Therefore, in the ninth stanza, Prufrock asks himself if he should give up acting as a gentleman and show his miserable inner self because he has no reason for hiding it anymore. This scene bears close resemblance to the quotation from Dante's Divina Commedia at the point of showing his true self. However, the tenth stanza shows that he is deficient in courage here again by showing his desire to degrade to “a pair of ragged claws” (73) which do not have any obsessions. Also, “Floors of silent seas” (74) seems to be a metaphor of an ideal place where he can escape from reality.

            Similar to the third stanza, Prufrock sees the flexible animal-like thing (fog and smoke) again among the women in lines 75-78, and by contrasting it with him, Eliot emphasizes Prufrock's awkward way of life. The description of “after tea and cake and ices” (79) is contrasted with the description of “before the taking of a toast and tea” (34) when Prufrock still had time to make his decision, and this implies his frustration by losing his available time. At line 81, he sees past time flashing in front of him and falls into self-degradation in line 82. Then, he surrenders his hope by saying “I am no prophet” (83). He can imagine a good future and failure at the same time, but the “overwhelming question” stops him from making his proposal. This part is closed by his lamenting over his moral cowardice.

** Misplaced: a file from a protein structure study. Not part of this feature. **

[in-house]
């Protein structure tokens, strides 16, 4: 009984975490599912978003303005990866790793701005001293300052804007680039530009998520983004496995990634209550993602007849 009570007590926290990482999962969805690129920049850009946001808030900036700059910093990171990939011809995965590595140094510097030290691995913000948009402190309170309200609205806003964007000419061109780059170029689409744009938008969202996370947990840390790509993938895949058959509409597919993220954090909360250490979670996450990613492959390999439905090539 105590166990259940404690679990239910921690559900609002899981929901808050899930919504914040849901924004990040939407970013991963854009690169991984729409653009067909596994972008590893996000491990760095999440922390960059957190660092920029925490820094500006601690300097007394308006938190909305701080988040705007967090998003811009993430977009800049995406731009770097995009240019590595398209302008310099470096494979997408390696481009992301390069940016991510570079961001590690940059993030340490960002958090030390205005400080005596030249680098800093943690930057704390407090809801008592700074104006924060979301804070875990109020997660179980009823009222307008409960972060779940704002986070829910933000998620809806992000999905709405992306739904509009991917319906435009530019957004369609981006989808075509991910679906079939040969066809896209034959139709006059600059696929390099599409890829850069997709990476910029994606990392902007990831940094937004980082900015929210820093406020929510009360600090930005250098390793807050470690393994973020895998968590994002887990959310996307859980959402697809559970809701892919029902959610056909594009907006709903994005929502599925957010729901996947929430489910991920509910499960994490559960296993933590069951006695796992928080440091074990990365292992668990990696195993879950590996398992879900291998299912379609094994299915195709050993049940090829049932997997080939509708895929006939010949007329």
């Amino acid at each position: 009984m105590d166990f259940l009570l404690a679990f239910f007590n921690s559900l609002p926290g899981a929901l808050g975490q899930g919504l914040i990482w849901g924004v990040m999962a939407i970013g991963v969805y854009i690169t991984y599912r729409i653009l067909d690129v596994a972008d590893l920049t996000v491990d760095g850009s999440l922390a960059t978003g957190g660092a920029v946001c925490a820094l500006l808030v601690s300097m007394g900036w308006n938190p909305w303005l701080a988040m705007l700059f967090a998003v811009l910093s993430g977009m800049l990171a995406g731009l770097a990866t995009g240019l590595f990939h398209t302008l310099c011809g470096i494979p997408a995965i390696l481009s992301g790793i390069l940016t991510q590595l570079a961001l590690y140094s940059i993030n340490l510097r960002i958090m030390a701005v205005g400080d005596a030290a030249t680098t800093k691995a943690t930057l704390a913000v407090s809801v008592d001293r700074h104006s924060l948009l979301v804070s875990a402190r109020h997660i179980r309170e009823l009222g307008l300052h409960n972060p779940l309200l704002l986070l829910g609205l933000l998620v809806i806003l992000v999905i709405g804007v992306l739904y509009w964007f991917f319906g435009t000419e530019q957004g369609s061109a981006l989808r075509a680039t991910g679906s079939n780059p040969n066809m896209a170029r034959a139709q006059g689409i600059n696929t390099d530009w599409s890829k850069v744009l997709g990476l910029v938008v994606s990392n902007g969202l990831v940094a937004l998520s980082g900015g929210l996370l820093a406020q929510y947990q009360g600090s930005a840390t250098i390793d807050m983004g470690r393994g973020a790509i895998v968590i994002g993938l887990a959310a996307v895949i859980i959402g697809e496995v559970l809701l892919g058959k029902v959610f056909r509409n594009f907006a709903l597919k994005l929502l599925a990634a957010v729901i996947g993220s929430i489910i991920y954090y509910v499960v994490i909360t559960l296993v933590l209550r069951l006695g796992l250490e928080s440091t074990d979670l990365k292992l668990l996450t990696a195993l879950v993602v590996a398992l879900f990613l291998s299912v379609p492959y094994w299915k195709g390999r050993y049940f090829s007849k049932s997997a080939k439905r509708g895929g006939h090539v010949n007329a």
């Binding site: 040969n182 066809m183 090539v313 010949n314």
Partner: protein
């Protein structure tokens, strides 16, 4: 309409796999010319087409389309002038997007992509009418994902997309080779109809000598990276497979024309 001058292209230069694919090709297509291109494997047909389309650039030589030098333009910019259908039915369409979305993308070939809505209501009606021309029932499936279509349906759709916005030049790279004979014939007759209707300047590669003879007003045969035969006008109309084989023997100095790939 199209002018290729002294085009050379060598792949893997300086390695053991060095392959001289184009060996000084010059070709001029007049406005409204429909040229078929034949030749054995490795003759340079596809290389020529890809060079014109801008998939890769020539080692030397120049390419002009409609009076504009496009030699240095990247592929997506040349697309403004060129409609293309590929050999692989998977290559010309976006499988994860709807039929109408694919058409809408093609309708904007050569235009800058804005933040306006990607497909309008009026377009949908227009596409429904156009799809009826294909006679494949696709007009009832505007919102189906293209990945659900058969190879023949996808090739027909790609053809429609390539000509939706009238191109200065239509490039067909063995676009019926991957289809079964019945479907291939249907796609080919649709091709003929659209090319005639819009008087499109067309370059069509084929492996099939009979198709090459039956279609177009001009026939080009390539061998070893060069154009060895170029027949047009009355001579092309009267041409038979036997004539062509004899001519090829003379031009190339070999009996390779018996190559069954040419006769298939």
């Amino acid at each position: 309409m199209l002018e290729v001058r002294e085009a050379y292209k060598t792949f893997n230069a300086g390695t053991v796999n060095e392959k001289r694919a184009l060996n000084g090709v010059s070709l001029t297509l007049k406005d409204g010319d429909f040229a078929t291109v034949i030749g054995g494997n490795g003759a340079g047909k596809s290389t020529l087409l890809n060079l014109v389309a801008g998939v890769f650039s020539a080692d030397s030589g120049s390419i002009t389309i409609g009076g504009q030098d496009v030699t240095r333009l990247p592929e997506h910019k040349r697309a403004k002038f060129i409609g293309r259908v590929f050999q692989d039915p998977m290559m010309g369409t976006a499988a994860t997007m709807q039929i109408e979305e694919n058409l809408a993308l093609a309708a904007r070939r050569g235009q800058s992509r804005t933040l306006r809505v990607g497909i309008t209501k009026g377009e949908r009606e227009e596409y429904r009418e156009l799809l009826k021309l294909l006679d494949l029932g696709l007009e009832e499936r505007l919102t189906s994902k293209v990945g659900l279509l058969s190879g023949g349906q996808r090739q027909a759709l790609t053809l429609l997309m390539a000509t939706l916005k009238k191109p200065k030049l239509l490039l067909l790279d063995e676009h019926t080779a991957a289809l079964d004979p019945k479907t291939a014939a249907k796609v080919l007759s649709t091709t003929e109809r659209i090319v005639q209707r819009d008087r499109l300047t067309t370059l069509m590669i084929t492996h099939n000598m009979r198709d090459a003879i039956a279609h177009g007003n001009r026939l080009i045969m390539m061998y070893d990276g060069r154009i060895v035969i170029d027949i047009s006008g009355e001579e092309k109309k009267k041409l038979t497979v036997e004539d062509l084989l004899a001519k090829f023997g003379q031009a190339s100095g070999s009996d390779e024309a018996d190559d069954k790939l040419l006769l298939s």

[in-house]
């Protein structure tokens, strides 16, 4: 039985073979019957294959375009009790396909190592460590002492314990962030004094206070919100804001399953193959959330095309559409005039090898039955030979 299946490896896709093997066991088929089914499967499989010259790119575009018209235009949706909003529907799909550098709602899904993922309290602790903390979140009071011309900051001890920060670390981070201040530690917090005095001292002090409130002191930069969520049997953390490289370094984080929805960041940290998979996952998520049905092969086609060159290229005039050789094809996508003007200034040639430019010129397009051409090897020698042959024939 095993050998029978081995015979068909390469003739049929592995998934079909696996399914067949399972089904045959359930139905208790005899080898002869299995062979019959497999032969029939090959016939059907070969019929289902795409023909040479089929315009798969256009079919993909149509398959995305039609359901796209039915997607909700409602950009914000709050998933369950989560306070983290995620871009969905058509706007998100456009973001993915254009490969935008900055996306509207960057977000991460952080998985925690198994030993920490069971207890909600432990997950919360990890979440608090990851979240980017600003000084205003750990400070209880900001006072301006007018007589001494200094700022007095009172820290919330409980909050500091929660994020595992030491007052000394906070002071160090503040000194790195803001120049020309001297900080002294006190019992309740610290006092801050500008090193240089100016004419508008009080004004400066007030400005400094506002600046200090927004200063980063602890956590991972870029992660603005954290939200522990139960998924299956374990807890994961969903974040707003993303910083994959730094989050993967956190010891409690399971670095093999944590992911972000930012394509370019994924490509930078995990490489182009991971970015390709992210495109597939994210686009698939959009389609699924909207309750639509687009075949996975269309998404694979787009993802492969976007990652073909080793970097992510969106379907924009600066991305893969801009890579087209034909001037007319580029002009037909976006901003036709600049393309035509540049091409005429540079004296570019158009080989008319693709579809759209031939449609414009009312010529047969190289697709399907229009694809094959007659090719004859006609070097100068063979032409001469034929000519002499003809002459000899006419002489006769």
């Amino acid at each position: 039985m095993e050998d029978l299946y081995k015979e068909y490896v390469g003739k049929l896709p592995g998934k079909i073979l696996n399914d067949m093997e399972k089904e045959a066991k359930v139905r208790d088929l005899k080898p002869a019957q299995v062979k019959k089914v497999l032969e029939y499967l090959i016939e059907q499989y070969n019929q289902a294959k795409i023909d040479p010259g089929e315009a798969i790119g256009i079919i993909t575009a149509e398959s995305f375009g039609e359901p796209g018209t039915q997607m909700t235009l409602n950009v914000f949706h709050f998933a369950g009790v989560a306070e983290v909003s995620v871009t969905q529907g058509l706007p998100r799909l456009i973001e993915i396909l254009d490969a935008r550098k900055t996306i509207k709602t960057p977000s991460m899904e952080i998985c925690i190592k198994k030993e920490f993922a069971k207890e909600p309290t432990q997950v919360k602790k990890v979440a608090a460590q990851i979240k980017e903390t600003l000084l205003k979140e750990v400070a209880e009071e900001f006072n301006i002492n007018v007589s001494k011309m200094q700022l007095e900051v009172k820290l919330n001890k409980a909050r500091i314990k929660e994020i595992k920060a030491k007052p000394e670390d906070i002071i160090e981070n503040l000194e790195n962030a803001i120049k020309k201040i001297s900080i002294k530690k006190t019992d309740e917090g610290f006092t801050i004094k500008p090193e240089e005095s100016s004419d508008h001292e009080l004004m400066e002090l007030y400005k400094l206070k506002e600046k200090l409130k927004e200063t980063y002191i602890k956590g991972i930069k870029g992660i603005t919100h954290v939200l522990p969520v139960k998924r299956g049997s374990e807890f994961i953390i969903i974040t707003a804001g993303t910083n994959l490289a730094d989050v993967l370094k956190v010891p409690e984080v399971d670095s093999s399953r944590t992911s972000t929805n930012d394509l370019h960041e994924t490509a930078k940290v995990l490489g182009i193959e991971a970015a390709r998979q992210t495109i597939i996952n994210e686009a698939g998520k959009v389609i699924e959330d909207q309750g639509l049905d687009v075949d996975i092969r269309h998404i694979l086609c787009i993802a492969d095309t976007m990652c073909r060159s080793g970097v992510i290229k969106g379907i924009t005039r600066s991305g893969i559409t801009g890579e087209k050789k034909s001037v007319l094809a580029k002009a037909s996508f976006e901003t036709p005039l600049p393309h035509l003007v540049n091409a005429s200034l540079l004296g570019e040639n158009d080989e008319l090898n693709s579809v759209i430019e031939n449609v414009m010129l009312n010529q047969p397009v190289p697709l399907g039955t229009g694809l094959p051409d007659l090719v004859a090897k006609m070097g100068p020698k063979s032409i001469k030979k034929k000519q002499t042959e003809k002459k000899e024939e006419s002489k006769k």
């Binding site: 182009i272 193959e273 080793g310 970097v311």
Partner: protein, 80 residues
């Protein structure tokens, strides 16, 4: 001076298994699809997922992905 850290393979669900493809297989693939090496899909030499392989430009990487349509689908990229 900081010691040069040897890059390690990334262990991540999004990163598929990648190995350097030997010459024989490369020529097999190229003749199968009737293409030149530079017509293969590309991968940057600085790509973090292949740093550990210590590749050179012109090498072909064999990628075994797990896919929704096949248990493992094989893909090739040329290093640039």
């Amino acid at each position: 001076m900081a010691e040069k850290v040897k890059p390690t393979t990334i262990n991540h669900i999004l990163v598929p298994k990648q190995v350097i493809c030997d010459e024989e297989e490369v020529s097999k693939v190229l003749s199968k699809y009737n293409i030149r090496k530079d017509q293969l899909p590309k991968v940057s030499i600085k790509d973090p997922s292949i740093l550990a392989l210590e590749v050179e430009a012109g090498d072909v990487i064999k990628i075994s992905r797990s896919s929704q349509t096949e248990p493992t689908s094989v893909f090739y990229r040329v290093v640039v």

In the third part, Prufrock justifies the aftermath, but in vain. In the twelfth stanza, Prufurock lists every object he sees such as “cups” (88), “marmalade” (88), and “porcelain” (89). This seems that he is trying to express the satisfaction with his life without asking the “overwhelming question.” Also, he exaggeratingly says that he does not care about anything with the woman at all anymore in lines 90-93, and he thinks his attempt would have failed if he has asked the question in lines 96-98; however, ironically, these descriptions rather sound like excuse. At the beginning of the thirteenth stanza, Prufrock repeats “would it have been worth” (100,101), which is also repeated in lines 87 and 90, and tries to justify this idea in lines 101-103. However, the use of words like “after” and “and” many times to connect random objects shows his empty justification. By showing his frustration with saying “It is impossible to say just what I mean!” (104), Prufrock also describes his conflicted feeling. Then, again, he claims “would it have been worth it” (106), and says he would have failed anyway. However, adversely, the repetition of these similar sentences in the twelfth and the thirteenth stanza seem to imply his regret.